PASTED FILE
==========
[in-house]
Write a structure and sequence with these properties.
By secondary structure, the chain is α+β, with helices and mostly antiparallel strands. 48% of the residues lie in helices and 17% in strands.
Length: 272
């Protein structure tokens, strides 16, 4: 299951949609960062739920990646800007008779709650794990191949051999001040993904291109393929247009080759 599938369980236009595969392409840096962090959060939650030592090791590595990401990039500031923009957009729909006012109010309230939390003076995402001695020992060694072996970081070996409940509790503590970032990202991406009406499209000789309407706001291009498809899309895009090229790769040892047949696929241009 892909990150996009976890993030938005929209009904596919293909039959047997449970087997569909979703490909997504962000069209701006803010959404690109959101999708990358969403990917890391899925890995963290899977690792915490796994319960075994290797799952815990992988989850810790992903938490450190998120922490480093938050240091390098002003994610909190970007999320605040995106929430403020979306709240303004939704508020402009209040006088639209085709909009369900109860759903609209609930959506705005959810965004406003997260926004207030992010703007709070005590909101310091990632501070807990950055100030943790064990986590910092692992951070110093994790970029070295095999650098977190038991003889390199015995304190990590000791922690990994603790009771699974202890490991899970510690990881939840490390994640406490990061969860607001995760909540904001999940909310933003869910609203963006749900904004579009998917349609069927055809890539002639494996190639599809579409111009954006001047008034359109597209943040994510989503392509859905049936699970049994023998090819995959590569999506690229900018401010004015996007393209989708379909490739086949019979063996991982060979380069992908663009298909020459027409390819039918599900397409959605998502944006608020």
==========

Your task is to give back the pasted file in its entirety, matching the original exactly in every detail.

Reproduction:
[in-house]
Write a structure and sequence with these properties.
By secondary structure, the chain is α+β, with helices and mostly antiparallel strands. 48% of the residues lie in helices and 17% in strands.
Length: 272
């Protein structure tokens, strides 16, 4: 299951949609960062739920990646800007008779709650794990191949051999001040993904291109393929247009080759 599938369980236009595969392409840096962090959060939650030592090791590595990401990039500031923009957009729909006012109010309230939390003076995402001695020992060694072996970081070996409940509790503590970032990202991406009406499209000789309407706001291009498809899309895009090229790769040892047949696929241009 892909990150996009976890993030938005929209009904596919293909039959047997449970087997569909979703490909997504962000069209701006803010959404690109959101999708990358969403990917890391899925890995963290899977690792915490796994319960075994290797799952815990992988989850810790992903938490450190998120922490480093938050240091390098002003994610909190970007999320605040995106929430403020979306709240303004939704508020402009209040006088639209085709909009369900109860759903609209609930959506705005959810965004406003997260926004207030992010703007709070005590909101310091990632501070807990950055100030943790064990986590910092692992951070110093994790970029070295095999650098977190038991003889390199015995304190990590000791922690990994603790009771699974202890490991899970510690990881939840490390994640406490990061969860607001995760909540904001999940909310933003869910609203963006749900904004579009998917349609069927055809890539002639494996190639599809579409111009954006001047008034359109597209943040994510989503392509859905049936699970049994023998090819995959590569999506690229900018401010004015996007393209989708379909490739086949019979063996991982060979380069992908663009298909020459027409390819039918599900397409959605998502944006608020």